line=line.replaceAll(",,", ",NA,");
    String[] object = line.split(cvsSplitBy);
    rowList.add(object); 
    counterRow++;
}

First, rowList starts with the default capacity and will have to be increased many times, always causing a copy of the old underlying array to the new.

Worse, however, ist the excessive blow-up of the data into a String[] object. You’ll need the columns/cells only when you call ImplementDecisionTreeRulesFor2012 for that row – not all the time while you read that file and process all the other rows. Move the split (or something better, as suggested by comments) to the second row.

(Creating many objects is bad, even if you can afford the memory.)

Perhaps it would be better to call ImplementDecisionTreeRulesFor2012 while you read the “millions”? It would avoid the rowList ArrayList altogether.

Later Postponing the split reduces the execution time for 10 million rows from 1m8.262s (when the program ran out of heap space) to 13.067s.

If you aren’t forced to read all rows before you can call Implp…2012, the time reduces to 4.902s.

Finally writing the split and replace by hand:

String[] object = new String[7];
//...read...
    String x = line + ",";
    int iPos = 0;
    int iStr = 0; 
    int iNext = -1;
    while( (iNext = x.indexOf( ',', iPos )) != -1 && iStr < 7 ){
        if( iNext == iPos ){
            object[iStr++] = "NA";
        } else {
             object[iStr++] = x.substring( iPos, iNext );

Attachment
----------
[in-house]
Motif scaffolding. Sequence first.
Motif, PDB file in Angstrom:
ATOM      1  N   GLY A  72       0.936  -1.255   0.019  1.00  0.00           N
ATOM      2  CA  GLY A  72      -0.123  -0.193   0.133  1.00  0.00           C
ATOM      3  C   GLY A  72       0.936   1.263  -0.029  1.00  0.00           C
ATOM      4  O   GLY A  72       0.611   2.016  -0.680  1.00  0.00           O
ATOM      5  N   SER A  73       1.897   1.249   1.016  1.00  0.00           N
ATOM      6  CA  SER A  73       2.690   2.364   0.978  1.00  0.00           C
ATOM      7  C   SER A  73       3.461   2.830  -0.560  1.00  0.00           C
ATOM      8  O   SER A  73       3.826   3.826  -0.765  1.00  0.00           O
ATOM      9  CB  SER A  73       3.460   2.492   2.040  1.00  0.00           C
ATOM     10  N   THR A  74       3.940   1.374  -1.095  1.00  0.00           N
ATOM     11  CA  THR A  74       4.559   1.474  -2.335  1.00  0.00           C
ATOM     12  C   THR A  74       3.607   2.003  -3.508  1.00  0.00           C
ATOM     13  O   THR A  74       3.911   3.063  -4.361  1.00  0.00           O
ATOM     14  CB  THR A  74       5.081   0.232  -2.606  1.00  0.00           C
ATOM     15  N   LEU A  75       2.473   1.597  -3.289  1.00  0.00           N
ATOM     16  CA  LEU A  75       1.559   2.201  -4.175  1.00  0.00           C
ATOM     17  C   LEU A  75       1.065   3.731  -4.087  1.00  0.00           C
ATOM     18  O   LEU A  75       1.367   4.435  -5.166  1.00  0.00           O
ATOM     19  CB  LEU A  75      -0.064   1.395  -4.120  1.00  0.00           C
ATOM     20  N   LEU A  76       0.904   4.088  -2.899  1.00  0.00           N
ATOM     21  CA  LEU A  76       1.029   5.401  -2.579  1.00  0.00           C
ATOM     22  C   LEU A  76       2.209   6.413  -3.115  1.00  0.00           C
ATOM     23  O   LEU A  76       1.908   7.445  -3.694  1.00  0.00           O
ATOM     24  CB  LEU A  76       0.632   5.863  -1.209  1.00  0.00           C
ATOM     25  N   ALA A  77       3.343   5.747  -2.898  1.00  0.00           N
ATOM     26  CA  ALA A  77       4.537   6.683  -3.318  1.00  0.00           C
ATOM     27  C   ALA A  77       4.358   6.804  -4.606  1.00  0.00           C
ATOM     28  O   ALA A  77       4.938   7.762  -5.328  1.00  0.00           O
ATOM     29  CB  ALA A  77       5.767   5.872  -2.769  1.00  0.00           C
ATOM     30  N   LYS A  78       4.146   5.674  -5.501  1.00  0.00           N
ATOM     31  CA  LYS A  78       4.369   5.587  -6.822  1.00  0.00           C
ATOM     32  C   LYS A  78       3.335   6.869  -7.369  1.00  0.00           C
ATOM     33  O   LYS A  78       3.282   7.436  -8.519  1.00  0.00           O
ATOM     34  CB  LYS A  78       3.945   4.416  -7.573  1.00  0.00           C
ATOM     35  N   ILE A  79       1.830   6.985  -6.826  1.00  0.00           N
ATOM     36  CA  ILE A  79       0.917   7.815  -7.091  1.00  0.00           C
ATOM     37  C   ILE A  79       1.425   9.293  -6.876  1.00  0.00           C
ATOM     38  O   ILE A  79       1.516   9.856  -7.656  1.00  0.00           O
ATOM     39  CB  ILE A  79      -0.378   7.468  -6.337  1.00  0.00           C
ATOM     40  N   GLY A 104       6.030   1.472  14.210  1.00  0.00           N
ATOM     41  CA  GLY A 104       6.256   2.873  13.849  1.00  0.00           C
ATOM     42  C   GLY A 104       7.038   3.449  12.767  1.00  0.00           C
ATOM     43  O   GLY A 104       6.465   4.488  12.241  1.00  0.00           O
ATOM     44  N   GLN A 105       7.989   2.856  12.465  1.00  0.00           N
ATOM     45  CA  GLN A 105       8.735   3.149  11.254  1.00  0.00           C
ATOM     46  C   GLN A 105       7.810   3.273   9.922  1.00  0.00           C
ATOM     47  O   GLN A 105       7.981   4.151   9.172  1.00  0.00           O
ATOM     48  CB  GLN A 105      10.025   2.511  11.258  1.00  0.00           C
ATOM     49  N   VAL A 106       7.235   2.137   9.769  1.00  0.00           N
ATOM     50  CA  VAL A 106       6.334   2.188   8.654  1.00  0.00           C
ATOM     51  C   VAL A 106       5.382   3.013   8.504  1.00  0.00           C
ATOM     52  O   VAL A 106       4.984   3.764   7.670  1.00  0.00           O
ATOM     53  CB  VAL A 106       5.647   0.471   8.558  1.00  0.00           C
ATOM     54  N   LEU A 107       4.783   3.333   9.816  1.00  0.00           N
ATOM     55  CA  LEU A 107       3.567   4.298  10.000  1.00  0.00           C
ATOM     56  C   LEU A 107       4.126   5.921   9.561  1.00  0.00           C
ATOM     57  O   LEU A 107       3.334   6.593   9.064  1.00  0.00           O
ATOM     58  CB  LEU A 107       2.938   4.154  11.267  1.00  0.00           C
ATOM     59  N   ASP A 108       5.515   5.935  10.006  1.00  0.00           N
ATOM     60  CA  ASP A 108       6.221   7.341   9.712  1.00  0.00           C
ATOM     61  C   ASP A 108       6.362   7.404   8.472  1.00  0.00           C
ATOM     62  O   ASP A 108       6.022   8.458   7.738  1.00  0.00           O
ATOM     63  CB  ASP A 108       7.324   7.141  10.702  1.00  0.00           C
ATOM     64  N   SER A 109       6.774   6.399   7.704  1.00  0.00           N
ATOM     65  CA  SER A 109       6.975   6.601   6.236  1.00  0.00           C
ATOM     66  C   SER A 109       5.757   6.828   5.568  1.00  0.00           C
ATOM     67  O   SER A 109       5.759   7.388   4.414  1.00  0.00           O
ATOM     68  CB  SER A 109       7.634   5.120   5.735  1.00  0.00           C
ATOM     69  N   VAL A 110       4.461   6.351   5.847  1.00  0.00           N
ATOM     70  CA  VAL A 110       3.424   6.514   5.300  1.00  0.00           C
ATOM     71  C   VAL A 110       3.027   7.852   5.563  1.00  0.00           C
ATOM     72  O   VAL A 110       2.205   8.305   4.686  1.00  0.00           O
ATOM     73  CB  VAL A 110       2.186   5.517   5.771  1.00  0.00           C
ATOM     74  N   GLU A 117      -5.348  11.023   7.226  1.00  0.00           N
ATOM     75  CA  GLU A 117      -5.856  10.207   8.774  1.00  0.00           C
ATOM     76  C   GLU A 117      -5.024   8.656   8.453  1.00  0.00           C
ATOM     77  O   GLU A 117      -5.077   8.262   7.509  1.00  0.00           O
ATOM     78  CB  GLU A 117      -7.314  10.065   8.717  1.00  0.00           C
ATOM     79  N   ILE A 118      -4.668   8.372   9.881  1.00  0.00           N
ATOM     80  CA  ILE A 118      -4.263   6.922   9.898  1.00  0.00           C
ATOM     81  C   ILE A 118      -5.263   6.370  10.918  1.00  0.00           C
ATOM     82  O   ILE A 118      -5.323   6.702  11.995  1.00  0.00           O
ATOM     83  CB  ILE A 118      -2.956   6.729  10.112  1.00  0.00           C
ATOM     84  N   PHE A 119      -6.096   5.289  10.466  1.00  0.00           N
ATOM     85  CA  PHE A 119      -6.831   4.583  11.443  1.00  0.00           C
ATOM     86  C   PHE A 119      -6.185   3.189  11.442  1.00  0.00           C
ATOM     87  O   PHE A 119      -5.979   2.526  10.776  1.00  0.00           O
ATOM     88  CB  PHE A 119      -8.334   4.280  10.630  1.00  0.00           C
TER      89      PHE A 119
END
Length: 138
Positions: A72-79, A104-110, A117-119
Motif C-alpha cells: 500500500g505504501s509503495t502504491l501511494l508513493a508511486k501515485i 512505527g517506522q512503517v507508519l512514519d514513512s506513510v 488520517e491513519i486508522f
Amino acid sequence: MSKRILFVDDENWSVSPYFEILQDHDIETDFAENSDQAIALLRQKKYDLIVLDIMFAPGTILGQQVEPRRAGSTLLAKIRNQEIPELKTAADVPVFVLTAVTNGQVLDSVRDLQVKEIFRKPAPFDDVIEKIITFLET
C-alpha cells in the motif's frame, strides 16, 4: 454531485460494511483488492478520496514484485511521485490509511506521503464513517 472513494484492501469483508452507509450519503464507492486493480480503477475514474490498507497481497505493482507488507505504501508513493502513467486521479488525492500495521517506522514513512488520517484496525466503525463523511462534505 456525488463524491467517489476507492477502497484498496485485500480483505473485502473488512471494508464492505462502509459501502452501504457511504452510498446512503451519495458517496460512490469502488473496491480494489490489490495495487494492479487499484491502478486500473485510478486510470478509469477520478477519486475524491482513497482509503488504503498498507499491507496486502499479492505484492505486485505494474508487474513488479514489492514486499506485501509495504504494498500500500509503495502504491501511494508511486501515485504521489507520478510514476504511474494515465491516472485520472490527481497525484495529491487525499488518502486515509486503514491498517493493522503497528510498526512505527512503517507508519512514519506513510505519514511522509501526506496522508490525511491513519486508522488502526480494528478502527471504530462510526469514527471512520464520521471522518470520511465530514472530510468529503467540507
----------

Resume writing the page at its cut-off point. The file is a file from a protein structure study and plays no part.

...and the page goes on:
}
        iPos = iNext + 1;
    }
    // add more "NA" if rows can have less than 7 cells

reduces the time to 1.983s. This is about 30 times faster than the original code, which runs into OutOfMemory anyway.

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Error: ENOENT: no such file or directory, stat ‘/public/main.html’ at Error (native)

This is my server.js file:

var express = require('express'),
    app = express();  
app 
    .use(express.static('./public'))
    .get('*',function (req,res) {
        res.sendfile('/public/main.html');
        })
 .listen(3000);

This is my main.html:

<!DOCTYPE html>
<html>
    <head>
        <titel>Contacts</titel>
    <base href'/'> 
    </head>
    <body>
        <div class="container">
         <div class="page-header">
             <h1>Contatcs</h1>
         </div>
        </div> 
    </body>
</html>

And the folder structure:

Answer

Since both the server and the index file are INSIDE the “public” directory, you can simply use :

res.sendfile('./main.html');

To answer the question in the comments : In Express 4.x, the sendfile method was replaced by the sendFile method (all lowercase -> camelCase). Probably just an oversight in early versions, that got fixed in the latter.

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How to schedule an Xagent from a Domino Java agent?

Trying to get an Xagent to run on schedule by triggering from a scheduled Java agent.

The following is the code for my xagentmail.xsp which simply sends me an email:

<?xml version="1.0" encoding="UTF-8"?>
<xp:view xmlns:xp="http://www.ibm.com/xsp/core" rendered="false">
 <xp:this.beforePageLoad><![CDATA[#{javascript:
// test send mail
doc = database.createDocument() ;
doc.replaceItemValue("Form", "memo");
doc.replaceItemValue("Subject", " from xagentmail.xsp");
doc.replaceItemValue("SendTo", "PDella-Nebbia@testdomain.com");
doc.send();

}]]></xp:this.beforePageLoad>
</xp:view>

Using the SSL-ENCRYPTED connection approach described in Devin Olson’s blog, Scheduled Xagents, I created the following scheduled Domino Java agent:

import java.io.BufferedReader; 
 import java.io.BufferedWriter; 
 import java.io.InputStreamReader; 
 import java.io.OutputStreamWriter; 
 import java.net.Socket; 

 import javax.net.ssl.SSLSocketFactory; 

 import lotus.domino.AgentBase; 

 public class JavaAgent extends AgentBase { 
 // Change these settings below to your setup as required. 
 static final String hostName = "server1.testdomain.com";